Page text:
I’m not sure if the novel works as an Agatha Christie style detective novel with clues for the reader to solve; there are some clues, but the details of the crime seem to get solved very quickly at the end by the private knowledge of one character. But then, I’ve never been good at these, so I may well have missed something!

Will probably be enjoyed by people who like detective stories in exotic locales.

4 of 4 members found this review helpful.
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Crime and soap Down Under

By Linda Schoales, editor

Apr 8, 2009: My first impression was that “China Wind” was going to be an Australian romance novel in the style of Danielle Steele, with lots of rich people throwing lavish parties and jetting off to exotic locales, and beautiful women competing for the attention of rich, powerful men. Then we found out that Carol Monk, one of the main characters, was a Private Investigator and I decided that this was going to be a romantic suspense or detective novel. Unfortunately, after 10 chapters we still don’t have a body but the author [more . . .]

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Most Helpful Member Reviews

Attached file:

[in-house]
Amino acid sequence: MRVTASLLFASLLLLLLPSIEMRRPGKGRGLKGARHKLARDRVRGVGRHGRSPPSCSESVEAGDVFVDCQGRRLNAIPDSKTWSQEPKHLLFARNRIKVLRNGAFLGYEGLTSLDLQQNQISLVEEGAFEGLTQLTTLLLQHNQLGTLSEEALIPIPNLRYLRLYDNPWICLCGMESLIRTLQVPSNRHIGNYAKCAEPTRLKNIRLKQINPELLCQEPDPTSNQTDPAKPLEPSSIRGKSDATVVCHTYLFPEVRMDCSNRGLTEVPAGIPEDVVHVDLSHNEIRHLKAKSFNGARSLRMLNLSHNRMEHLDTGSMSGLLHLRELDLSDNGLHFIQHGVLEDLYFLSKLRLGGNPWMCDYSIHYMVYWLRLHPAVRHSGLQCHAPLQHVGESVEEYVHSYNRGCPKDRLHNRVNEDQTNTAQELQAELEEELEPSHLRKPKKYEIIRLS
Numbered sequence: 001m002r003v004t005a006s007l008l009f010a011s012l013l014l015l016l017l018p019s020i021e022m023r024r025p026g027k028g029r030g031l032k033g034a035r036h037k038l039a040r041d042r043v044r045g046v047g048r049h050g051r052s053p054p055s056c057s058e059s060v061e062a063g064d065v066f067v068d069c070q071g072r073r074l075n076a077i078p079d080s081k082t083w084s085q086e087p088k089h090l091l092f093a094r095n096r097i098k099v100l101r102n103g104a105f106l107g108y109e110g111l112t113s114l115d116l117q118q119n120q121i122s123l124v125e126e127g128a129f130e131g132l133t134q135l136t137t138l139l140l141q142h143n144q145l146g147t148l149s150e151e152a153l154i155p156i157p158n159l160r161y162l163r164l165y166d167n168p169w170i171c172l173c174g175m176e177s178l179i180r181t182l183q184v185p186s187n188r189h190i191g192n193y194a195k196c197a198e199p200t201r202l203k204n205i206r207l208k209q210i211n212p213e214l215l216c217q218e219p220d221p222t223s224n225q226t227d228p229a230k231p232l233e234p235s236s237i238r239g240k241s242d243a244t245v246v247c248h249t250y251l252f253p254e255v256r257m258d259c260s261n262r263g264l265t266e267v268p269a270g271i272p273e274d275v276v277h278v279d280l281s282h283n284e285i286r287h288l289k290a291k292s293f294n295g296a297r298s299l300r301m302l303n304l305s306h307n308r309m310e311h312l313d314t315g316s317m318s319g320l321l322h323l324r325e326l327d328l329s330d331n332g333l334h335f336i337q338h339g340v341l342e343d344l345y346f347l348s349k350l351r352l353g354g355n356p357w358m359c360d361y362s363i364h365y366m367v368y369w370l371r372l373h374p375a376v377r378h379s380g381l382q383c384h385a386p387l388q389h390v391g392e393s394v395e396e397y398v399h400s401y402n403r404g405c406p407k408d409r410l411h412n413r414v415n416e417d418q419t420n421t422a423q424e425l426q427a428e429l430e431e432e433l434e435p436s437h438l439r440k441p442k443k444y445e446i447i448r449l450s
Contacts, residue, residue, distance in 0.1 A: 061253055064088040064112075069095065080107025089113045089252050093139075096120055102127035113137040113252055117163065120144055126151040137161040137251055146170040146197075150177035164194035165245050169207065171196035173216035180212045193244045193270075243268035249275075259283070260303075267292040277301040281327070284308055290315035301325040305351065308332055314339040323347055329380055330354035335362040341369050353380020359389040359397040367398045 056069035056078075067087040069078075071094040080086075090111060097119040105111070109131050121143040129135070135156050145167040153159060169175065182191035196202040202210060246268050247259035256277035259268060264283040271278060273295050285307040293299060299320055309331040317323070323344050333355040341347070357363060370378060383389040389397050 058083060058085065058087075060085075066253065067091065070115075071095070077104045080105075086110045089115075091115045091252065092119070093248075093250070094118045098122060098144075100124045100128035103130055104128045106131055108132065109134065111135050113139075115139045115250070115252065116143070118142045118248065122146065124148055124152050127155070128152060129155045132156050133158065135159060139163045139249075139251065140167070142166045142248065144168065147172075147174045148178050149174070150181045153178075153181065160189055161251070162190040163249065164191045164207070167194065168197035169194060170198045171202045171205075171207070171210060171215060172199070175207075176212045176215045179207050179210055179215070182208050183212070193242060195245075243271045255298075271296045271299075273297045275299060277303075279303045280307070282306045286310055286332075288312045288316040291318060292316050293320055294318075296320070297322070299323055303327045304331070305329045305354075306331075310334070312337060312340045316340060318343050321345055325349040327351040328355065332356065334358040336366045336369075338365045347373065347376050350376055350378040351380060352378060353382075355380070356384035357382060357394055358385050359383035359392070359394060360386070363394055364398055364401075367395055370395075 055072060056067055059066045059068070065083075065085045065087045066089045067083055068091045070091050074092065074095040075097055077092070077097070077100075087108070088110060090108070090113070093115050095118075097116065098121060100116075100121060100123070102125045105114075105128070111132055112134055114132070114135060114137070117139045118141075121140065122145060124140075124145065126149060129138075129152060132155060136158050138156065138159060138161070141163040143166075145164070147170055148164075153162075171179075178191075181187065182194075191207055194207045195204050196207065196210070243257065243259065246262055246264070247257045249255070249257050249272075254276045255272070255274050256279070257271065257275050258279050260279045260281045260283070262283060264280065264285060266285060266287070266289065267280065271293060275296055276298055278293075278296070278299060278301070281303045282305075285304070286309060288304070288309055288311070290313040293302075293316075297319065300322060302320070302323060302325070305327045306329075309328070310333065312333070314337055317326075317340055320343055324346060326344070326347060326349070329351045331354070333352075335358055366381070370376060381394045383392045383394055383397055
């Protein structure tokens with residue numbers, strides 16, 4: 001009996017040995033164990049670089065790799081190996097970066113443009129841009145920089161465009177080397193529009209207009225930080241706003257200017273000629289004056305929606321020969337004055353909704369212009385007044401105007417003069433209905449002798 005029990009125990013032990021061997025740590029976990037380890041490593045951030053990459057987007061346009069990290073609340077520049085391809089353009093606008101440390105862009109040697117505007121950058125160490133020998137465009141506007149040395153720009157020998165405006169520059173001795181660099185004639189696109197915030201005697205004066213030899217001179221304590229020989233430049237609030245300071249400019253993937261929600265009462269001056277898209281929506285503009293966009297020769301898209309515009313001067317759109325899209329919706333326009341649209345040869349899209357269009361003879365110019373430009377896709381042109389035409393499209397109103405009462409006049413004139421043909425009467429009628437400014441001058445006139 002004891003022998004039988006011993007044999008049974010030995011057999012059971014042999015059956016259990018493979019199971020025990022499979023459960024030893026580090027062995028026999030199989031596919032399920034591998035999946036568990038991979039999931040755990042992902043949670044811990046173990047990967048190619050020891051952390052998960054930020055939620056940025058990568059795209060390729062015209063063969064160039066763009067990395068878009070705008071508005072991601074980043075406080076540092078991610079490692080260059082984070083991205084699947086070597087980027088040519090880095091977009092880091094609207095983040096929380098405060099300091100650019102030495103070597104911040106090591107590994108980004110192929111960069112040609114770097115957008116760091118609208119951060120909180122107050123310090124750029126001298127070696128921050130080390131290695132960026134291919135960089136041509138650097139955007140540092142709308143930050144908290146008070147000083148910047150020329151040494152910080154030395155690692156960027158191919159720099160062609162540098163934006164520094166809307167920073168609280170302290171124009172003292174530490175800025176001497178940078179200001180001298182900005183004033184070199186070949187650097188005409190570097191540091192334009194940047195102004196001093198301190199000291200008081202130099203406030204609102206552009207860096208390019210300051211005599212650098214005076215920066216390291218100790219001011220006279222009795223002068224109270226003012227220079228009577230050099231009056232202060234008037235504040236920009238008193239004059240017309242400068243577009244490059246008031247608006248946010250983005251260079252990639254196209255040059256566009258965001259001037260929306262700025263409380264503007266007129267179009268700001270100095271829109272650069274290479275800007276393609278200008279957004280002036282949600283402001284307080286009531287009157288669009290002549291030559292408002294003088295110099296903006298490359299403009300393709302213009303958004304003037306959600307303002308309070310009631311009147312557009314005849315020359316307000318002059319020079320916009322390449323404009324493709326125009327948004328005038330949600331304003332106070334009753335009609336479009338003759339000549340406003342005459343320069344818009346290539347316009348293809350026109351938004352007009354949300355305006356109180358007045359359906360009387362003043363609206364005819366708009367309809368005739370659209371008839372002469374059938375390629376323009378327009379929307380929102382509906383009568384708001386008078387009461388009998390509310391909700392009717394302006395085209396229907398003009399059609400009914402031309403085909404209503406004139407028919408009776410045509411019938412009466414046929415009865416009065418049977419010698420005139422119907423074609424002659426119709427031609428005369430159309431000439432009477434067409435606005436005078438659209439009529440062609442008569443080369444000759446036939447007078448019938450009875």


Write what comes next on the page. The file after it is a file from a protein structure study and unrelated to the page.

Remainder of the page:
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China Wind – highly recommended

By JulieD, member

Apr 21, 2009: Reading Anne Infante’s China Wind is like opening a well-wrapped gift – most relevant considering its Christmas setting. As you open each layer, Anne gently builds her characters and context, leading to the discovery of the mystery at its heart. There is also a hint of romance for Carol Monk which is like the sparkly bow on top – but who will be the successful suitor? Anne unfolds the map of pre-handover Hong Kong with vivid descriptions of the city and its surrounding territories and sets the plot in a [more . . .]

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China Wind … well worth a read

By Ian Clarke, member

Apr 23, 2009: China Wind is a novel reminiscent of Clavell’s writing, and, to me, that is a compliment. I have read several of Anne’s published novels, and have seen the development of a competent wordsmith at work. As with her songs, Anne doesn’t let the work see the light of day until she is satisfied with it (or so it seems to me).

I note one reviewer has expressed concern that not much has happened early in the novel. I found the same, [more . . .]

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China Wind – don’t miss this!

By Angela Poole, member

Apr 23, 2009: China Wind is a dramatic mystery where the investigators must unravel the intrigue and rumour surrounding gun-running, corporate crime, disappearances and, of course, murder.

The author paints a remarkable picture of pre-handover Hong Kong – from the criminal underbelly right down to the gossip-network of household staff.

The accurate and detailed descriptions bring locations to life, such as the ‘the army of elderly women employed to clean the city’s public rubbish bins’ [more . . .]